“I told them that as the third generation member of a four-generation Hadassah family of women, I am hoping that they will vote in a way that represents its mission and vision. Hadassah is at the forefront of modeling shared society in Israel. The work they do is incredible and they are an example to the rest of the world,” Linzer said. “They live out my Jewish values and I am hoping this continues in the way they appear to the world on Thursday. … Hadassah has always represented the consensus on Jewish Zionist views. This resolution does not represent those values.”
Toward political polarization
Originally, KKL-JNF leadership intended for the policy change to be passed in tandem with the allocation at the February vote, but dissenting board members successfully led an effort to postpone the decision until after Israel’s March 23 election.
In the meantime, board members representing Israeli political parties Yesh Atid and Meretz, along with other center-left members, have fought the changes vigorously on multiple fronts: They have appealed the allocation decision on procedural grounds, charged that West Bank purchases violate the KKL-JNF constitution, and have demanded greater transparency regarding past land purchases.
Rabbi Alan Silverstein, president of Mercaz Olami, the Conservative movement’s Zionist arm, stressed that the message being sent to U.S. Jews and others in the Diaspora affiliated with the organizations on the board had nothing to do with left-wing vs. right-wing politics. The crux of the battle, he said, was resisting the transformation of consensus Zionist institutions into political tools.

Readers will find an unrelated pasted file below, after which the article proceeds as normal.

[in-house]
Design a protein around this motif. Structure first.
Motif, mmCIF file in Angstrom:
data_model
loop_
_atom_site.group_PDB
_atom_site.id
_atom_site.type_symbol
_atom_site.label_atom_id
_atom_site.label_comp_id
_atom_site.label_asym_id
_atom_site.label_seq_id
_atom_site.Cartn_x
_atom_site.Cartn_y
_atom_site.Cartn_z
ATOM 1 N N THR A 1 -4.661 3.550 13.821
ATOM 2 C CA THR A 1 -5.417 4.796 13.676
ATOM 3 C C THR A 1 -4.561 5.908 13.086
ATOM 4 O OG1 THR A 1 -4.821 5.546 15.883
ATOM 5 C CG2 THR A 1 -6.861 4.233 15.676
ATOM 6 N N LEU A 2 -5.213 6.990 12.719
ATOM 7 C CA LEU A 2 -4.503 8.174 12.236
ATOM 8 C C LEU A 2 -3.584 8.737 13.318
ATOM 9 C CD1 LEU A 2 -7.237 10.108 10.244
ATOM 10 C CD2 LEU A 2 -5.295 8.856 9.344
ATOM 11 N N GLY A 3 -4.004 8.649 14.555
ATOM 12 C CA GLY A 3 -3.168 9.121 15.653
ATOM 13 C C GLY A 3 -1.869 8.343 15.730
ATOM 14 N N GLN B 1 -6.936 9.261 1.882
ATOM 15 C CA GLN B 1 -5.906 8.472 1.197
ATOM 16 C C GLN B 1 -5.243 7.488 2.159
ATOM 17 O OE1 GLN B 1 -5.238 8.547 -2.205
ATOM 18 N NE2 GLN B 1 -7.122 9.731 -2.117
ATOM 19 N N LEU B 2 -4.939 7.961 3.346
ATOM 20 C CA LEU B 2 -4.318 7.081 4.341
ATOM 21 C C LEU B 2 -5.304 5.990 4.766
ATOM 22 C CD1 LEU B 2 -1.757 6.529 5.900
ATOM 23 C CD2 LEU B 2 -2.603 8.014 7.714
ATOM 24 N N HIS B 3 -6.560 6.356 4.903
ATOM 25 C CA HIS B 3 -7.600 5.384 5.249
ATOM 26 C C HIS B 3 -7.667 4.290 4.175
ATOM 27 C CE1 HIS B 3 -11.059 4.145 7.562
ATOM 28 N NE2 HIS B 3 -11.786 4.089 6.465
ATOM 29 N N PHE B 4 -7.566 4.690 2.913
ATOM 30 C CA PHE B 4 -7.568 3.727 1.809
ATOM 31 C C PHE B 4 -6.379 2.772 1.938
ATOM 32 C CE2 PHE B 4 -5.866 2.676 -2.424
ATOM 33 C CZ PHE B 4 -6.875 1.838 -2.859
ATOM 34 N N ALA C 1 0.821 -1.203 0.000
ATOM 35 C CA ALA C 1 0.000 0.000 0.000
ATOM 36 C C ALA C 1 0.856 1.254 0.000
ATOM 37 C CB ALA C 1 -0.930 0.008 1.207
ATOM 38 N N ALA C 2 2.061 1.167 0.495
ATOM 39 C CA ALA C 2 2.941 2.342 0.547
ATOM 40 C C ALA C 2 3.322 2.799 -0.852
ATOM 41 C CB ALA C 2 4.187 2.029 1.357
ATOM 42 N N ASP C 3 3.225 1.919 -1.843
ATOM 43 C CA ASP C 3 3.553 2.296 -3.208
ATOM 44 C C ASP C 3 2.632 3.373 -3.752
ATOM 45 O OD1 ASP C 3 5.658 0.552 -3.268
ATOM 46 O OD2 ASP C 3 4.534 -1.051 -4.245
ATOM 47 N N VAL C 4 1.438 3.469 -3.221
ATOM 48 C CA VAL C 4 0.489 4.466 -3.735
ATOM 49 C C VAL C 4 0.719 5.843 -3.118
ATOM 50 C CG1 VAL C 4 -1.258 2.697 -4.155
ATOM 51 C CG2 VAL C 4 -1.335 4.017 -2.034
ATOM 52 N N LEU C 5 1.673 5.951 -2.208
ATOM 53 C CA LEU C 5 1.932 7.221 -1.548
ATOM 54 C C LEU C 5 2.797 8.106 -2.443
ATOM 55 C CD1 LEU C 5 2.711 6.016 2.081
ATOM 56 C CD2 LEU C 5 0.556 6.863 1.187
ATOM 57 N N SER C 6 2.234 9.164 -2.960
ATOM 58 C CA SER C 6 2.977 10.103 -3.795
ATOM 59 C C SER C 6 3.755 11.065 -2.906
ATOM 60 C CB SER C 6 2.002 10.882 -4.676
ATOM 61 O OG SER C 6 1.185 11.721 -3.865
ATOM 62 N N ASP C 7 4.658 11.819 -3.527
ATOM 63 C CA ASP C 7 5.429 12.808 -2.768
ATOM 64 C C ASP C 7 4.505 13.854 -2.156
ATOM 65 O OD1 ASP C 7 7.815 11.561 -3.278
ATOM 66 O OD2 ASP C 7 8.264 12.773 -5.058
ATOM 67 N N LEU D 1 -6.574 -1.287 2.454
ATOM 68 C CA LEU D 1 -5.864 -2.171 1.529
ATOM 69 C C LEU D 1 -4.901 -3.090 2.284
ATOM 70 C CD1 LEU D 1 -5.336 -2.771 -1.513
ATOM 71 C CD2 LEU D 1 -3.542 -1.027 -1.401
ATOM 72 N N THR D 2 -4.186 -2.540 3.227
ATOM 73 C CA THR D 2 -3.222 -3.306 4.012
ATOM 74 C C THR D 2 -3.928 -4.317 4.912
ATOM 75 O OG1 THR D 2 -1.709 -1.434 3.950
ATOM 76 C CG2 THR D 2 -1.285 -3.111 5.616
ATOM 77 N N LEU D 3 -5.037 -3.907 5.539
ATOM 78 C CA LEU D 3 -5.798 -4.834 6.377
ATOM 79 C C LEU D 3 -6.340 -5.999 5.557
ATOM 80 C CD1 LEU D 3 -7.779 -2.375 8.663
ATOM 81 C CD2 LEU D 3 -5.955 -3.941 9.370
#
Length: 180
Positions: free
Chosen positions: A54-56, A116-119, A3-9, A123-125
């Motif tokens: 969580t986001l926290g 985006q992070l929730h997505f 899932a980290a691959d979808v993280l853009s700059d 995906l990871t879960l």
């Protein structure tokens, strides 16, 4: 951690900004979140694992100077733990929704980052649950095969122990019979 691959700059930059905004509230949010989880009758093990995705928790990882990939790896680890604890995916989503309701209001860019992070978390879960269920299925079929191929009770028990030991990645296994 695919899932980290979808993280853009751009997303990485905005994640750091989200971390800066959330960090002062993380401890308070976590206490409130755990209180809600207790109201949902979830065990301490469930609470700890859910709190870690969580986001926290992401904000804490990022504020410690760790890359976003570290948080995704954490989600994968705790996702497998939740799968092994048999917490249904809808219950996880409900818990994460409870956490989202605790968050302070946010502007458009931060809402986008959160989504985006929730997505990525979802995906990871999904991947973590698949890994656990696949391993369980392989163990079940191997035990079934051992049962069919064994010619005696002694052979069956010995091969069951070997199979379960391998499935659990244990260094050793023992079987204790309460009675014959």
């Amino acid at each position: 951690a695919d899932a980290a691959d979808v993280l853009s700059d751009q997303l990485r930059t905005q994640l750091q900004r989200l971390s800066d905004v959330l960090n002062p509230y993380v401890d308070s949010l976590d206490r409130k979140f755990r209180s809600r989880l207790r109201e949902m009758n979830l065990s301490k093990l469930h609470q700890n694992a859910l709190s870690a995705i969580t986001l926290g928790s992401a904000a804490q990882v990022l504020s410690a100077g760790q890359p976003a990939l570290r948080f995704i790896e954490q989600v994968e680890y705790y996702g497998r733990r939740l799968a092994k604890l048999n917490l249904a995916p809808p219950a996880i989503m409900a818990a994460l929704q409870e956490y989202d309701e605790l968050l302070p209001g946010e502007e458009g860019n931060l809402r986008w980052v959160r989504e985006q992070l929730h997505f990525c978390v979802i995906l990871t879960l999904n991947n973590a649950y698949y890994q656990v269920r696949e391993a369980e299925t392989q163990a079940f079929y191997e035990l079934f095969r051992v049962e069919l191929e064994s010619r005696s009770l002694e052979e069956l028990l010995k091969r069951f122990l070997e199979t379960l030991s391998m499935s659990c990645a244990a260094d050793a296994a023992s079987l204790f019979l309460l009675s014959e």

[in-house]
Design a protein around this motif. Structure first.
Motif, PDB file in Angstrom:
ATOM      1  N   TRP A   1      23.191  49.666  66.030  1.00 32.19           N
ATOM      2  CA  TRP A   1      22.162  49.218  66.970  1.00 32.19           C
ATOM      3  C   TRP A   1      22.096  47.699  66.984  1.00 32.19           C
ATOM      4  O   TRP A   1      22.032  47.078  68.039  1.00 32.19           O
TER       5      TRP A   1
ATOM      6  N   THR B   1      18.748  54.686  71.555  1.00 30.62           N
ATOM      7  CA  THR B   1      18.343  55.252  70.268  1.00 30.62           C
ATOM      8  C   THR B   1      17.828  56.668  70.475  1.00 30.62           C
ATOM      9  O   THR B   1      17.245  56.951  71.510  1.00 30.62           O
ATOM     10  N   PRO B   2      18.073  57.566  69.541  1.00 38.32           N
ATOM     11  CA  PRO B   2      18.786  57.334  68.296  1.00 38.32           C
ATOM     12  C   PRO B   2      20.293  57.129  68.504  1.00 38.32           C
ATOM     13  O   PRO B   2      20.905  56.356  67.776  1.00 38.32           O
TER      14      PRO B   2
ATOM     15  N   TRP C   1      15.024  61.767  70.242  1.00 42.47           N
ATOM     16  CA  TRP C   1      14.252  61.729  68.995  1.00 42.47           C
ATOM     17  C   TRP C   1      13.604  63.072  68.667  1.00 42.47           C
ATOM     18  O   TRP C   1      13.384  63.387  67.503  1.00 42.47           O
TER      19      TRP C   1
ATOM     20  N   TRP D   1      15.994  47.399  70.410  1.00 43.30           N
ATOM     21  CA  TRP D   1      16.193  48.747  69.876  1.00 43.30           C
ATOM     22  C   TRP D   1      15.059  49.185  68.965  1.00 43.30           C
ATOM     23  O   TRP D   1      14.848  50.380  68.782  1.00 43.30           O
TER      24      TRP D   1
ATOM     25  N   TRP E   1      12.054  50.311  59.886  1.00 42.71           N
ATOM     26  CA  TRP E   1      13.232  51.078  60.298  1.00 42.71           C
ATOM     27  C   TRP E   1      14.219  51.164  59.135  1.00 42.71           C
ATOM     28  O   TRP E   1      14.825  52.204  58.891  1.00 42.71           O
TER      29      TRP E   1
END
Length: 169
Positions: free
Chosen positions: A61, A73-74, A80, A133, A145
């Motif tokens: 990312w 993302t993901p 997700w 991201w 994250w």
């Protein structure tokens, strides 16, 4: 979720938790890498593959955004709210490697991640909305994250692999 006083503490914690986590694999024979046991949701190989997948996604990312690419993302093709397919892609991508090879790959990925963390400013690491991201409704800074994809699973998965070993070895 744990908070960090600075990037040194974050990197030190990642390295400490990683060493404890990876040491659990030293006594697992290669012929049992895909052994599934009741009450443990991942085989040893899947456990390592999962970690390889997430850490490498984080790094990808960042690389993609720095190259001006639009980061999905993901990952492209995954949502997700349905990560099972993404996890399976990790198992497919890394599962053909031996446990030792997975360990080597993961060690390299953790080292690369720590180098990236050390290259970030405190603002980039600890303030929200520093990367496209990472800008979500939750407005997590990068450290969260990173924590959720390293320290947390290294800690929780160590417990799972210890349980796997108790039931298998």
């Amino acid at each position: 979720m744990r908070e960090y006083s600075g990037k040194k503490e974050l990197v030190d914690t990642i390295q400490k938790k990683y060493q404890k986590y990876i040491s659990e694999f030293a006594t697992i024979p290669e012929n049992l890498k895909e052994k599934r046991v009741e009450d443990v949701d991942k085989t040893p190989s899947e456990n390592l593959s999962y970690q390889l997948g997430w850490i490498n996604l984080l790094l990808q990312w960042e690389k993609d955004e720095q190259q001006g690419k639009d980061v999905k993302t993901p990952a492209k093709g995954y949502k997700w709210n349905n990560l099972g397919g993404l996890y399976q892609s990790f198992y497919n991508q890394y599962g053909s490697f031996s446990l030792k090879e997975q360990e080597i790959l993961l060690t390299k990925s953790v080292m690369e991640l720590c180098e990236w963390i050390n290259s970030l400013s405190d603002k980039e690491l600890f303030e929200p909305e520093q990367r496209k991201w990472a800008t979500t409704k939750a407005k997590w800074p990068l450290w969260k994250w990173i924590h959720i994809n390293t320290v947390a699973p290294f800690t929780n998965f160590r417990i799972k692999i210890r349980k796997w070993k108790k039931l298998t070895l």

“The Israeli citizens that elect a Knesset should be the ones determining land policy and deciding what is suitable for land purchase, not the National Institutions,” he said.
A set of talking points created by Yizhar Hess, former CEO of the Conservative movement in Israel, and emailed to rabbis worldwide asked them to speak to congregants who are members or leaders affiliated with the groups on the KKL board for “help in defeating what we consider to be a partisan act which violates long standing principles related to KKL and the National Institutions.”
Hess’ email charged that the KKL-JNF Chairman Avraham Duvdevani is taking advantage of his narrow right-wing majority on the organization’s directorate to “usurp” the authority of the Knesset, which asserts that “all changes in Israeli land purchase policy must be the sole jurisdiction of the government of the State of Israel.”
Adopting the resolution authorizing West Bank land acquisition, Hess wrote, would destroy “global Zionist consensus” and “undermine the neutrality and centrality of the National Institutions which will harm the Jewish people in future generations as well as harm the mission we share of maintaining a unified Jewish people.”
Rabbi Jacob Blumenthal, CEO of the United Synagogue of Conservative Judaism and the Rabbinical Assembly, said it was personally disturbing to him to see institutions that reflect world Jewry move away from inclusivity and toward political polarization.